As Maj. Nidal Malik Hasan lay under heavy guard at Fort Sam Houston on Sunday, military prosecutors and the accused Fort Hood gunman’s family were preparing for what could be a long and complicated legal proceeding.

As Maj. Nidal Malik Hasan lay under heavy guard at Fort Sam Houston on Sunday, military prosecutors and the accused Fort Hood gunman's family were preparing for what could be a long and complicated legal proceeding. 4

As Maj. Nidal Malik Hasan lay under heavy guard at Fort Sam Houston on Sunday, military prosecutors and the accused Fort Hood gunman’s family were preparing for what could be a long and complicated legal proceeding.

Military justice experts told the Houston Chronicle that Hasan, if he recovers, could face the death penalty in a military court-martial — unless civilian prosecutors conclude that he was part of a terrorist plot that would justify moving his case into federal criminal courts under U.S. anti-terrorism laws.

But veterans of the military justice system say that any case against Hasan could take many months and could be delayed by medical assessments of the Army officer’s physical and mental health. And even if a death sentence is handed down, the military justice system’s lengthy appeals process has effectively thwarted all executions since 1961.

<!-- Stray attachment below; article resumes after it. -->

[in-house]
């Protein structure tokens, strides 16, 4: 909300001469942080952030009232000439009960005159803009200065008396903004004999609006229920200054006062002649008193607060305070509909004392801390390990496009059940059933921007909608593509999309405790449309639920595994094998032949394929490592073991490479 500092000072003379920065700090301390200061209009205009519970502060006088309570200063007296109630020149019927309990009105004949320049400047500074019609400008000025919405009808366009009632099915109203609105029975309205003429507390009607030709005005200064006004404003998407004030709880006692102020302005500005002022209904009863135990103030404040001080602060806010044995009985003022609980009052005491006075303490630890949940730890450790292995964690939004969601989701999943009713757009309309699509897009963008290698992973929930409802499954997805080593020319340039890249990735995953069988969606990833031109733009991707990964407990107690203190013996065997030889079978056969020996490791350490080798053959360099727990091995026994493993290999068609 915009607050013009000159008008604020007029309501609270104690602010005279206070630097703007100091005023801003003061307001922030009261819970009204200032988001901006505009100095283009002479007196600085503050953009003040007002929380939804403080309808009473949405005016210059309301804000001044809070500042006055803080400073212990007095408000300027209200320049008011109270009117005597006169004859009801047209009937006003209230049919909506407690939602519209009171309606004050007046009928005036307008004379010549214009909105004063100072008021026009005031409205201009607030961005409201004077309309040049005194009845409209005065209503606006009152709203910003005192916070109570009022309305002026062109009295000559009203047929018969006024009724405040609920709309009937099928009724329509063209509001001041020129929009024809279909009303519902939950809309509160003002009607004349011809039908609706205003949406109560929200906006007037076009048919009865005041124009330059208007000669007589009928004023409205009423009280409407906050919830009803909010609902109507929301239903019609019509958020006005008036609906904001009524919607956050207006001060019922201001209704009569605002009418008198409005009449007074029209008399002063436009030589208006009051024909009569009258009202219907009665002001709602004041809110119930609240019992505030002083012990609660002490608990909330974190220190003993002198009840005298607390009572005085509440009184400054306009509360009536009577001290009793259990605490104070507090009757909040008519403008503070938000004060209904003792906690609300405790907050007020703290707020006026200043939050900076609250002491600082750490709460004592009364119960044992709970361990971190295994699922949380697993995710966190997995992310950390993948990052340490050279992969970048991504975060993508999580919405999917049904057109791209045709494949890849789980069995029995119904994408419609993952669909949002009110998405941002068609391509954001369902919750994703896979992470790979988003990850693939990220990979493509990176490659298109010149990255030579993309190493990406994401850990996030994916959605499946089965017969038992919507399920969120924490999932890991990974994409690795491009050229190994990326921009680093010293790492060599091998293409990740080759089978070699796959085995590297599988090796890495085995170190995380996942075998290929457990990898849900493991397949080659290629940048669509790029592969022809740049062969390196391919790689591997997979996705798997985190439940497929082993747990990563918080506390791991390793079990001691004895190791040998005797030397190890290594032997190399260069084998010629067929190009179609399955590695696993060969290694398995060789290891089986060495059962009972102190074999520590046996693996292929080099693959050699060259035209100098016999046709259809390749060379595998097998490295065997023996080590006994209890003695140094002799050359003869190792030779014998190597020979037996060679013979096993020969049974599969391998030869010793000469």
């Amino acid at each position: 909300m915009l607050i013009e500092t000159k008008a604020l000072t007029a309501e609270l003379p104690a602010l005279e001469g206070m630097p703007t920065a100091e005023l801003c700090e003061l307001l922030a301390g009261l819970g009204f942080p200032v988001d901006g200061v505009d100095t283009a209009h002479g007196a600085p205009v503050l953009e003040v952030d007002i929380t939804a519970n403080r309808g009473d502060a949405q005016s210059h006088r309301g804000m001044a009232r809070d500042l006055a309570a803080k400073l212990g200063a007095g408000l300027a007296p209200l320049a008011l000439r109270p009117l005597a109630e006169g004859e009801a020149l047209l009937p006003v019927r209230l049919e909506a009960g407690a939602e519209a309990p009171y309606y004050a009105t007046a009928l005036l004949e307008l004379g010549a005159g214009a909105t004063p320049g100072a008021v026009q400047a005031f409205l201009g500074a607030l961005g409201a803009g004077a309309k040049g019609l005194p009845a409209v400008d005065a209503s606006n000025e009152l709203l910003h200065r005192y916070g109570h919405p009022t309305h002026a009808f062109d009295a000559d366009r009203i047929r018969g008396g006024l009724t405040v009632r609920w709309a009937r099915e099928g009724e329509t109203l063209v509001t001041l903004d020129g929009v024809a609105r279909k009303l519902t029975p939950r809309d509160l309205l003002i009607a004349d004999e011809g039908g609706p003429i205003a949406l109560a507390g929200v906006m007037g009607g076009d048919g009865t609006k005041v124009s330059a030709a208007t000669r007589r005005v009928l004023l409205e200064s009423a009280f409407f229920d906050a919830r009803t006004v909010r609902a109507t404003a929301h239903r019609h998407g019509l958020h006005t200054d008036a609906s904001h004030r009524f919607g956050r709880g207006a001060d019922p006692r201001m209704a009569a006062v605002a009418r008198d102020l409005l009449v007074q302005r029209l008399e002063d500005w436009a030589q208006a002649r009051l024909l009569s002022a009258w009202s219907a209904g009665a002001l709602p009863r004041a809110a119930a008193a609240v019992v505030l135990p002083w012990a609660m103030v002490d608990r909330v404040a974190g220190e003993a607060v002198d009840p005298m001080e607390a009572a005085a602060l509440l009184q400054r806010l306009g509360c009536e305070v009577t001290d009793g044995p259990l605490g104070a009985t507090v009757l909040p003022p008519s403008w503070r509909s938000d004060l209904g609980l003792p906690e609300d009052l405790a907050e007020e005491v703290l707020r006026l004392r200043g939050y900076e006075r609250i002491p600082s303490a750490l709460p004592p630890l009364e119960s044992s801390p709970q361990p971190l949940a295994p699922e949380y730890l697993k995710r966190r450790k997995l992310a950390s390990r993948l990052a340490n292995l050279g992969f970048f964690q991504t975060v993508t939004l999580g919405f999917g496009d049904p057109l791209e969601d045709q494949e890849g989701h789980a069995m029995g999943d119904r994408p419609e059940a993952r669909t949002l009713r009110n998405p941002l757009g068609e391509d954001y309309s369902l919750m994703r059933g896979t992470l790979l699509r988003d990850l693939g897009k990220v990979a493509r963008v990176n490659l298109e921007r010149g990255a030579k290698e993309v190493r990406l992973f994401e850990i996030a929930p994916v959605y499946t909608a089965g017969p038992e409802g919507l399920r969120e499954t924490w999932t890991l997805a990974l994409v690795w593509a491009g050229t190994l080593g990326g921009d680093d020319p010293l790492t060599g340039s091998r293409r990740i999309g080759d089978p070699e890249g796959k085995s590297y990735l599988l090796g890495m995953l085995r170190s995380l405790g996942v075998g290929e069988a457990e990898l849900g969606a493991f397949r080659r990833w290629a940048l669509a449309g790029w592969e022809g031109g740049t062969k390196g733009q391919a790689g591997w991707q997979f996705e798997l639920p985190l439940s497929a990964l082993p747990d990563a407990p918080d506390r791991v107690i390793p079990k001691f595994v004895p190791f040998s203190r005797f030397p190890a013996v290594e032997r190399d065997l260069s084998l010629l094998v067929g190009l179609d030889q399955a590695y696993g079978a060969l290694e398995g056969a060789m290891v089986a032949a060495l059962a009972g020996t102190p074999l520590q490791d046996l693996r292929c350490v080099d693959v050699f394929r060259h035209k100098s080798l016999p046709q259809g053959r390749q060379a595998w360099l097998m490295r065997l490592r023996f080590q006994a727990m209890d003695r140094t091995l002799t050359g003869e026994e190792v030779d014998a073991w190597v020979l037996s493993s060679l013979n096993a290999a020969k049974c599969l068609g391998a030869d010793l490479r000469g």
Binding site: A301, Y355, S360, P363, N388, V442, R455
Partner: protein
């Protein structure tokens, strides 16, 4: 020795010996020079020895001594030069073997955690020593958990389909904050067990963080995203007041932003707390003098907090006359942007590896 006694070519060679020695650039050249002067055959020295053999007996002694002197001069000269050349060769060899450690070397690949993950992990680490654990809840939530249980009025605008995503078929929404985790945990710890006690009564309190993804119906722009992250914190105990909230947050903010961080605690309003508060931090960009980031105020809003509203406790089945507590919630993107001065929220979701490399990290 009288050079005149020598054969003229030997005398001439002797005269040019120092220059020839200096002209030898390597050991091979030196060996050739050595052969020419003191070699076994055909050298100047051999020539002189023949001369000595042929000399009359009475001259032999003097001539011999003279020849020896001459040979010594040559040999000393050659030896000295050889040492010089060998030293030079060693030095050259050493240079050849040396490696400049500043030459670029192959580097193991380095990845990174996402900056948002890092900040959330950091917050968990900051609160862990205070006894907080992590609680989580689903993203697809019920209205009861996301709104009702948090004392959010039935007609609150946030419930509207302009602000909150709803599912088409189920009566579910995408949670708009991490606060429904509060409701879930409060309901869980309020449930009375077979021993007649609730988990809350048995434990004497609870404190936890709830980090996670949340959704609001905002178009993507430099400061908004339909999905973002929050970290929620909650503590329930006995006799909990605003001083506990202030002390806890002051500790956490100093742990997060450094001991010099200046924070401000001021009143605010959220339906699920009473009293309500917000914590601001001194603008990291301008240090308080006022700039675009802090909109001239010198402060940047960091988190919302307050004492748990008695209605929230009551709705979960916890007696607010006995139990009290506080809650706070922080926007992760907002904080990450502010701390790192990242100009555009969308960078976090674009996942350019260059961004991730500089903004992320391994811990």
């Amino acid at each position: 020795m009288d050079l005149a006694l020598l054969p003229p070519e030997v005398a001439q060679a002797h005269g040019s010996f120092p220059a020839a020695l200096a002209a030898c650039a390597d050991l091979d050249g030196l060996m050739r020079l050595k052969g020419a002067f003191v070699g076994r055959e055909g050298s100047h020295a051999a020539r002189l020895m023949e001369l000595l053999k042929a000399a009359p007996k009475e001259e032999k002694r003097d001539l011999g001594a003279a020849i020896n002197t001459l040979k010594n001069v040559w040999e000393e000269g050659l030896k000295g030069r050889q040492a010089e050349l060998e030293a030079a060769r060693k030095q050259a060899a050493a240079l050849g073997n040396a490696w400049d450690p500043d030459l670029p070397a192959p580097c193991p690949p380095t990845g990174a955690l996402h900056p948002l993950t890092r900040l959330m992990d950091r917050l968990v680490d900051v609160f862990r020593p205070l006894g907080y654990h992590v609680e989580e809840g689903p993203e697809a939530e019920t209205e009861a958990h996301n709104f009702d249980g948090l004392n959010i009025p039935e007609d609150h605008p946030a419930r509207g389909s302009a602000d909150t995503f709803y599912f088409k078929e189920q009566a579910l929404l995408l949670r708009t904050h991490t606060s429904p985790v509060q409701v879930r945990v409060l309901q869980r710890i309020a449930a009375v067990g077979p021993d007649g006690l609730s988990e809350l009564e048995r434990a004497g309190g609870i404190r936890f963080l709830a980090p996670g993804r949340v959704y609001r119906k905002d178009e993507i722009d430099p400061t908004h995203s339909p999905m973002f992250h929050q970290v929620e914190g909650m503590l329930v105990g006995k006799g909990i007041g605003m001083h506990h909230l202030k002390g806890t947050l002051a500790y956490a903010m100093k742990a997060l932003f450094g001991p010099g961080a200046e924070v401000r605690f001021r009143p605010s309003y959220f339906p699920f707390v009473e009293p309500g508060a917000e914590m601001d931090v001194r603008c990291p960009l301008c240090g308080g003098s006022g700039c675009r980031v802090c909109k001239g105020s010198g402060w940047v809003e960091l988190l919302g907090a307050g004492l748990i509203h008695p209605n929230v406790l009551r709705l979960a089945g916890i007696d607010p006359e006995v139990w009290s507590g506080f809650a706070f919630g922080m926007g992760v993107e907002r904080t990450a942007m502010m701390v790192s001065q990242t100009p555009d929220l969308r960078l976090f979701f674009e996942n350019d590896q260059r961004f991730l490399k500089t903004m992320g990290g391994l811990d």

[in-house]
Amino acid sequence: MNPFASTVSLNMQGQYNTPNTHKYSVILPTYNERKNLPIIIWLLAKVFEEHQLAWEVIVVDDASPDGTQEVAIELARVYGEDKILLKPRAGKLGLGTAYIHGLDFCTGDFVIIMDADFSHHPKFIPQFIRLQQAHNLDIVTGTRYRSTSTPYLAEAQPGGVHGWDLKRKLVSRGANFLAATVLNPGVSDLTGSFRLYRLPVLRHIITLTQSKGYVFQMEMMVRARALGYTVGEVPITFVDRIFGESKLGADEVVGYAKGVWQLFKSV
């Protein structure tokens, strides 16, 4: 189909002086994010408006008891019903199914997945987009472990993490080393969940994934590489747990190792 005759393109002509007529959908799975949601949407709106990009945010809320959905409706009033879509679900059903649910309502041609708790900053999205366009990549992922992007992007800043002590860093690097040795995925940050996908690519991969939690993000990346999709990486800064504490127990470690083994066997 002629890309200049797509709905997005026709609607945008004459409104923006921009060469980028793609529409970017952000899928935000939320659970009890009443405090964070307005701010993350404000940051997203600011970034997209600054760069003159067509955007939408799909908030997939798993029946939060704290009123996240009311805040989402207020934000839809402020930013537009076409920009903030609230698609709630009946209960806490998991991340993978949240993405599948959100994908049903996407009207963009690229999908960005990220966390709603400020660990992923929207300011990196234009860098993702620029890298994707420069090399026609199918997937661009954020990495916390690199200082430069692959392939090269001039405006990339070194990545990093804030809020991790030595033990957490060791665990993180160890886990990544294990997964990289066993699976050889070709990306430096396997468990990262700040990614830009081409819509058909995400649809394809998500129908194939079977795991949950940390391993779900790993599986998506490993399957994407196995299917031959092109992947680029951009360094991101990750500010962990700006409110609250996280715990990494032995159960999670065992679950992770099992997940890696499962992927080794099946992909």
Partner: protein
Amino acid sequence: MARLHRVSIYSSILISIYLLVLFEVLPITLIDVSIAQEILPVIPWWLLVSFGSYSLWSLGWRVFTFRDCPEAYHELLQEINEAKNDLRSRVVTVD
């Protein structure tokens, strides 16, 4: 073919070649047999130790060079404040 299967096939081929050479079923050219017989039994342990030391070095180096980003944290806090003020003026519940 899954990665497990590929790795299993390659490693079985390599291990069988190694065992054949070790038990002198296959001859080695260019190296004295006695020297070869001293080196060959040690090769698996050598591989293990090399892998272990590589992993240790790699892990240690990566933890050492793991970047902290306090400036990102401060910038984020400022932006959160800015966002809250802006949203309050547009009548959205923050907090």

“We’re in for a long haul,” said Scott L. Silliman, a retired career JAG officer in the Air Force who now directs Duke University Law School’s Center on Ethics and National Security.

The Army “will not try to move the case too quickly because that might build in a problem down the road,” he added. “They’re doing all their spade work. There’s not a rush.”

As the probe proceeds, the case against Hasan will be complicated by questions of whether he was sane at the time of the shootings or if he can get a fair trial at Fort Hood.

Indeed, prominent figures – from his base commander, Lt. Gen. Robert Cone, to his commander-in-chief, President Barack Obama – have publicly identified him as the alleged assailant. On Sunday, Army Chief of Staff George Casey said on ABC’s This Week program that Army investigators currently believe that Maj. Hasan was the lone gunman.

“That is where they are now,” Casey said, before adding, “We need to let the investigation take its course.”

Hasan has not yet been charged with any crime in either the civilian or military justice systems. Richard Durbin, chief of the criminal section for the U.S. Attorney’s Office in San Antonio, declined comment on any potential charges Sunday, declaring, “I’m not going to go there.”

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